26 September 2009

Bees follow the crowd: Do whole-hive traits override individuals' genetics?

ResearchBlogging.orgSocial insects are often considered prototypes of group selection, in which the evolutionary interests of individual organisms are forced to defer to the needs of their social group. Now, the authors of a new study of honeybees argue that colony-level traits can override the genetic predispositions of individual bees [$-a].

Do the needs of the many outweigh the needs of the one? Photo by Max_xx.
The study's authors, Linksvayer et al.,
made use of artificially-selected colonies of bees that were first developed for a 1995 study [$-a]. The original selection experiment crossed queen bees with drones to create lines of honeybee colonies that collected and stored more pollen ("high pollen" lines) or less pollen ("low pollen" lines) than un-selected colonies do. The total amount of pollen a colony stores is supposed to be a "group" trait -- an emergent property of the individual foraging decisions of every worker bee in the hive. But the genetics underlying that trait is encapsulated within the individual workers.

In the new experiment, Linksvayer et al. placed larvae from "high pollen" lines in "low pollen" colonies, and vice-versa. The larvae developed under the care of workers from the adoptive colony; when transplanted larvae reached adulthood, the team dissected them and measured the size of their ovaries -- apparently big-ovaried workers collect lots of pollen. They found that "high pollen" larvae reared by "low pollen" workers had smaller ovaries than than those raised by workers of their own type. "Low pollen" larvae reared by "high pollen" workers didn't end up with larger ovaries, though; and the "high pollen" larvae had substantially larger ovaries than the "low pollen" larvae regardless of who raised them.

There was a statistically significant effect of rearing environment, even if it was (apparently) entirely driven by the change seen in "high pollen" larvae. The authors conclude that this points to a mechanism whereby a bee colony keeps its workers in line with the colony-wide policy:
Thus, our results show that the network of social interactions that shapes development and expressed phenotypes has changed as a result of the colony-level selection program on pollen hoarding. Just as selection shapes physiological networks within organisms, our study shows that selection also shapes regulatory networks of superorganisms.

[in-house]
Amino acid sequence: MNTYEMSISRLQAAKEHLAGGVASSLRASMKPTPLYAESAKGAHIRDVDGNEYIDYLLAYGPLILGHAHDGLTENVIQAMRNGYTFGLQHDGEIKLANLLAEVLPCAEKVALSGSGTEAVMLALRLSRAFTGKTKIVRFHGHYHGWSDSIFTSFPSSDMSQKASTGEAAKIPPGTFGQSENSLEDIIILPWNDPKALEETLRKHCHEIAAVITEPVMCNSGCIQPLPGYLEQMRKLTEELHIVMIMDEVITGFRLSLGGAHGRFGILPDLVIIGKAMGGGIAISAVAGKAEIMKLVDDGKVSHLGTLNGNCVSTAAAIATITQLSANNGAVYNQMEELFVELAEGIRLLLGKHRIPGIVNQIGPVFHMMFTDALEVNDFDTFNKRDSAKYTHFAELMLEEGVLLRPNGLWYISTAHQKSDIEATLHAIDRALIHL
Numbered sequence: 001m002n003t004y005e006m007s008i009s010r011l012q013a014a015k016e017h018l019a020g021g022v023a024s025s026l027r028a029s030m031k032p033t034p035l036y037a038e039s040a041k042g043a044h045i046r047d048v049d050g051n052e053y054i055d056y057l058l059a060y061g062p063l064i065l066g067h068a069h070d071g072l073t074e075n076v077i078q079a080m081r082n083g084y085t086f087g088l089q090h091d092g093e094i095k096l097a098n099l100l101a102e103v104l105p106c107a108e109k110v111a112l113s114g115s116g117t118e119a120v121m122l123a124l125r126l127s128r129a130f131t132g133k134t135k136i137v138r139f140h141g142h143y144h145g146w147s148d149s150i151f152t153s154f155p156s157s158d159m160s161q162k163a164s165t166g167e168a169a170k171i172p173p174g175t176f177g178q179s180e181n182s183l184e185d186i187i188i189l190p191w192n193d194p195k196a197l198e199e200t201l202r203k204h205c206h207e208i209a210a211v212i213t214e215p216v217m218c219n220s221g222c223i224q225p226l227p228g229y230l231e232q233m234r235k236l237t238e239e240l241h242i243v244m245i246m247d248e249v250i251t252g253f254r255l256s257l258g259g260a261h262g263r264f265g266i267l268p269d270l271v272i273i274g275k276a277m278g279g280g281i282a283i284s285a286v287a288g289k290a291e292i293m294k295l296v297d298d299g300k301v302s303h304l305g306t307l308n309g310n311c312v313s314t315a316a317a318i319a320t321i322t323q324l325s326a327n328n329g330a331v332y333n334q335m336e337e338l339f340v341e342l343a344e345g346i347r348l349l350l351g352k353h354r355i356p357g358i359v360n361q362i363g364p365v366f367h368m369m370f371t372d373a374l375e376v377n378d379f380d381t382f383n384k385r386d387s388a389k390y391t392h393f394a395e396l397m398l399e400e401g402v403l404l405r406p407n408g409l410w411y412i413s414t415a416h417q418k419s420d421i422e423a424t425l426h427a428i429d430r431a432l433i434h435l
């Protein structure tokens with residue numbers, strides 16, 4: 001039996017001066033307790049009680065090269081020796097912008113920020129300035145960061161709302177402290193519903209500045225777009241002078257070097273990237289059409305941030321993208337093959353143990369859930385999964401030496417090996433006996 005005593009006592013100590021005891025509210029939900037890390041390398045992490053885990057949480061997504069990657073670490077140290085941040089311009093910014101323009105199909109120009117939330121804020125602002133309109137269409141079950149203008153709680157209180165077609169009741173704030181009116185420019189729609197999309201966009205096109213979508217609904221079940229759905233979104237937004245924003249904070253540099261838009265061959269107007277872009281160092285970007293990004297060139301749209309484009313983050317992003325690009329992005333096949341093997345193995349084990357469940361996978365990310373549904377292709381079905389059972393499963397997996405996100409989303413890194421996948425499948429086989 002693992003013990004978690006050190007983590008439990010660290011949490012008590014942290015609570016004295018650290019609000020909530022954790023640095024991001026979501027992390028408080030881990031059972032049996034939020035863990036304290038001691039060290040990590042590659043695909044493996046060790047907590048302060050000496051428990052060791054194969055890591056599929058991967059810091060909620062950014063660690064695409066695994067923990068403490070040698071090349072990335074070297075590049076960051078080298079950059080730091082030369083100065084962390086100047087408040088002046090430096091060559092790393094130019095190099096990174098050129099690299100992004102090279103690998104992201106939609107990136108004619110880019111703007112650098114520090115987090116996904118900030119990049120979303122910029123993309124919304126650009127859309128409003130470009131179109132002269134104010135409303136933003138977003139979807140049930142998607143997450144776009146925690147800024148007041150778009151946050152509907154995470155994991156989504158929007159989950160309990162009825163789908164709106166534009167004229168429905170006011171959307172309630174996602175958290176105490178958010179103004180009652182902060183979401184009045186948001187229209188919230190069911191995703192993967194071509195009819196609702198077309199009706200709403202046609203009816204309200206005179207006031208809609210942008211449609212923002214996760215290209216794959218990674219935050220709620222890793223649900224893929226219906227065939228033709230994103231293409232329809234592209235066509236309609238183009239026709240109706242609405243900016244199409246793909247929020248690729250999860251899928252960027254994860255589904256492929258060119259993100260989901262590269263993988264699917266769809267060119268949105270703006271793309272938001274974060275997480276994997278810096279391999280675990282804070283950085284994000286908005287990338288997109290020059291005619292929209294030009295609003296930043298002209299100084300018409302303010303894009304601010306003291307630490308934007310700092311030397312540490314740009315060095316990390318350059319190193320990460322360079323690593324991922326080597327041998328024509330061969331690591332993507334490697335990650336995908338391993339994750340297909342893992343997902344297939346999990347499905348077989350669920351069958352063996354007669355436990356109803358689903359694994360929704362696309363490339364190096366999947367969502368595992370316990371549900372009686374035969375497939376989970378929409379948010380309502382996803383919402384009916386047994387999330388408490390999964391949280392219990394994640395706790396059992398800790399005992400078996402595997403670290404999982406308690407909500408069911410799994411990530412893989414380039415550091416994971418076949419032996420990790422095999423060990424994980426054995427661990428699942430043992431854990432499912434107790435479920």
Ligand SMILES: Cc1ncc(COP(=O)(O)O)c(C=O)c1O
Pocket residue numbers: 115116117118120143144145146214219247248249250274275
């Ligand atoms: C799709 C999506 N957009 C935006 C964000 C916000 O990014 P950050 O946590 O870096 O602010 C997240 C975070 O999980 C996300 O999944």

So the metaphor, then, is that the authors have observed in the hive something like what happens to a transplanted organ -- the new host system incorporating the transplant for its own needs. I'm not sure the observed effect is strong enough to justify the meaning they assign to it; but it is an interesting observation.

As a postscript, I'm not sure social insects are a good model of group selection, because we know that they're probably also experiencing kin selection, in which each worker's fitness comes from helping the closely-related queen produce more sisters who share the same genes. Rarely, "anarchic" workers are born fertile and mate with drones [$-a] (there's an open-access paper on the genetics underlying this trait); but in hives without anarchists, "group fitness" is hard to separate from the fitness of individual workers. A paper published in Nature this June showed that in another classic group selection system (parasites within a single host) kin selection is really the more important process.


Linksvayer, T., Fondrk, M., & Page Jr., R. (2009). Honeybee social regulatory networks are shaped by colony-level selection. Am. Nat., 173 (3) DOI: 10.1086/596527

Oldroyd, B., Smolenski, A., Cornuet, J., & Crozler, R. (1994). Anarchy in the beehive. Nature, 371 (6500) DOI: 10.1038/371749a0

Oxley, P., Thompson, G., & Oldroyd, B. (2008). Four quantitative trait loci that influence worker sterility in the honeybee (Apis mellifera). Genetics, 179 (3), 1337-1343 DOI: 10.1534/genetics.108.087270

Page, R., & Fondrk, M. (1995). The effects of colony-level selection on the social organization of honey bee (Apis mellifera L.) colonies: colony-level components of pollen hoarding Behavioral Ecol. & Sociobiol., 36 (2), 135-44 DOI: 10.1007/BF00170718

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